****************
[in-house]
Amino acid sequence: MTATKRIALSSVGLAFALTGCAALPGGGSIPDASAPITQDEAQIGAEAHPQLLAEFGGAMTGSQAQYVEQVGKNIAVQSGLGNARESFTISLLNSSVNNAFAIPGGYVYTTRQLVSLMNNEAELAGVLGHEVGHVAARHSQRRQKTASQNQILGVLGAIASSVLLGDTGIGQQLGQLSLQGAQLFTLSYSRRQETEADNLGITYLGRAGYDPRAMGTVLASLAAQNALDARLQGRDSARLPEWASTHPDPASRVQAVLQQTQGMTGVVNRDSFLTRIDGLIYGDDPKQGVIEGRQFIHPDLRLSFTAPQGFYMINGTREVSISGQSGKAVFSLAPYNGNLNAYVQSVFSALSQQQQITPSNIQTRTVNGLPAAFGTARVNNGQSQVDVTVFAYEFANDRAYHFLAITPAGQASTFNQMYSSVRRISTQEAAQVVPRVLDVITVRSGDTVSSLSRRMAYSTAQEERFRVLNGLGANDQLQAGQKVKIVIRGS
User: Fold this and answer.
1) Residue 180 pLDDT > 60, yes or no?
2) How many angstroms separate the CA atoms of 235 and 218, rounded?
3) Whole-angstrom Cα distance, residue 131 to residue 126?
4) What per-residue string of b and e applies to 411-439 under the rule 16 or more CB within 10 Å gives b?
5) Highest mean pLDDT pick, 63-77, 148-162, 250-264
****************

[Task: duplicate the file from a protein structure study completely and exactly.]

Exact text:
[in-house]
Amino acid sequence: MTATKRIALSSVGLAFALTGCAALPGGGSIPDASAPITQDEAQIGAEAHPQLLAEFGGAMTGSQAQYVEQVGKNIAVQSGLGNARESFTISLLNSSVNNAFAIPGGYVYTTRQLVSLMNNEAELAGVLGHEVGHVAARHSQRRQKTASQNQILGVLGAIASSVLLGDTGIGQQLGQLSLQGAQLFTLSYSRRQETEADNLGITYLGRAGYDPRAMGTVLASLAAQNALDARLQGRDSARLPEWASTHPDPASRVQAVLQQTQGMTGVVNRDSFLTRIDGLIYGDDPKQGVIEGRQFIHPDLRLSFTAPQGFYMINGTREVSISGQSGKAVFSLAPYNGNLNAYVQSVFSALSQQQQITPSNIQTRTVNGLPAAFGTARVNNGQSQVDVTVFAYEFANDRAYHFLAITPAGQASTFNQMYSSVRRISTQEAAQVVPRVLDVITVRSGDTVSSLSRRMAYSTAQEERFRVLNGLGANDQLQAGQKVKIVIRGS
User: Fold this and answer.
1) Residue 180 pLDDT > 60, yes or no?
2) How many angstroms separate the CA atoms of 235 and 218, rounded?
3) Whole-angstrom Cα distance, residue 131 to residue 126?
4) What per-residue string of b and e applies to 411-439 under the rule 16 or more CB within 10 Å gives b?
5) Highest mean pLDDT pick, 63-77, 148-162, 250-264